Thursday, September 20, 2007

Arthur Miller's shed

In 1948, Arthur Miller built a white clapboard cabin in Roxbury, Connecticut, specifically as a base in which to write Death of a Salesman, even though he had never built anything similar in his life (he said the hardest part was putting up the roof rafters by himself). As he built, he put together the play in his mind, although he did also make use of his desk, an old recycled door. More details about the shed and the play in a great, but quite long, article by The New Yorker's John Lahr here.

5 comments:

  1. Looks more like a doll's house!

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  2. Yes, it does look titchy but actually it was quite large. I'm not quite sure how she got it looking like this.

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  3. Alex - do you know of any plans for a small shed like Arthur Miller's? I want to build something very cheap and small - big enough for just a desk and a heater - that has a lot of light, for writing and drawing.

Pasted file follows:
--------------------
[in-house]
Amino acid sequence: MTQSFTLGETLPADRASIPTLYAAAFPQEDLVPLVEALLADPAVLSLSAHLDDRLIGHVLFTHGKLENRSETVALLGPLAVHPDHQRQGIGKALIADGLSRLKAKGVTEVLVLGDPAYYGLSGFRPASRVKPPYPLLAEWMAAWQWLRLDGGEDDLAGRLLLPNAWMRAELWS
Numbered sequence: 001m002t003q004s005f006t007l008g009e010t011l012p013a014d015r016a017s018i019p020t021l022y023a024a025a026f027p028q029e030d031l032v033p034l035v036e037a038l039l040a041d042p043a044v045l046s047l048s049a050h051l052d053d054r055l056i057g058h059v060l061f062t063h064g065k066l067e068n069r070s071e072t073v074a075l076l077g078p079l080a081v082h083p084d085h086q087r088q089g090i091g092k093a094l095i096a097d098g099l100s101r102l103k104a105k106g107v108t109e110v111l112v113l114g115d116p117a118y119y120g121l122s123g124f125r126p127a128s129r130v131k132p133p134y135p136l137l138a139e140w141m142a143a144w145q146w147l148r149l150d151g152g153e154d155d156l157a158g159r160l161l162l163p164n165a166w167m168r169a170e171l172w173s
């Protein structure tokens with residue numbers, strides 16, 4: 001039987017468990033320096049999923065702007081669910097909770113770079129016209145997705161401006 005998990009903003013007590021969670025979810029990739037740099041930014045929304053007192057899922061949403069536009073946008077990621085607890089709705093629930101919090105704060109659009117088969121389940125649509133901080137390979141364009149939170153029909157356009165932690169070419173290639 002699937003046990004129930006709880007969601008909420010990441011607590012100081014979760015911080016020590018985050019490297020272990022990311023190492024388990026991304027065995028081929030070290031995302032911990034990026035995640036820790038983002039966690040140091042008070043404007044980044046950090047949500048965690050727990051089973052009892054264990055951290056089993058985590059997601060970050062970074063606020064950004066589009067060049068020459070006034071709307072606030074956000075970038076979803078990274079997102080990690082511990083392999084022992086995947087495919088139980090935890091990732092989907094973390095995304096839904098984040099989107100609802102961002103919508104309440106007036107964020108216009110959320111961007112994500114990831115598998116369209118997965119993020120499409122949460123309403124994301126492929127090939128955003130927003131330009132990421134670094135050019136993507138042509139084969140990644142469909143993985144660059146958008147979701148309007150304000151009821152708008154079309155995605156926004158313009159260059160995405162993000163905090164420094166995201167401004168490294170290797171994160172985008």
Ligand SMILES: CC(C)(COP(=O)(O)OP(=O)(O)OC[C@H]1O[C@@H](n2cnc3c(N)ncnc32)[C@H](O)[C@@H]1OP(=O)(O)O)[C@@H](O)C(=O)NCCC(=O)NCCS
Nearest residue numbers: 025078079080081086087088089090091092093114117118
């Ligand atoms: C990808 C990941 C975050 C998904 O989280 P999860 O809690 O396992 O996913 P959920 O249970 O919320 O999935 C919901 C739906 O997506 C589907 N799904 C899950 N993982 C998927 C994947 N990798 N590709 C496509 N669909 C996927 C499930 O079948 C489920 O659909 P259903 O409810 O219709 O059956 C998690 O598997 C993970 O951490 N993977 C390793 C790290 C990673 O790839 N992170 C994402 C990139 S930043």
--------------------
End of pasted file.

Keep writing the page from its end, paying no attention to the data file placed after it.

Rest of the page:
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  4. There are lots of plans on the internet available pretty cheaply (some even for free). How small is small? You could try:
    http://www.shedplans.com/spgable252.html
    Or it might be easier to buy something small and cheap off the peg and then customise it yourself if you are quite handy.

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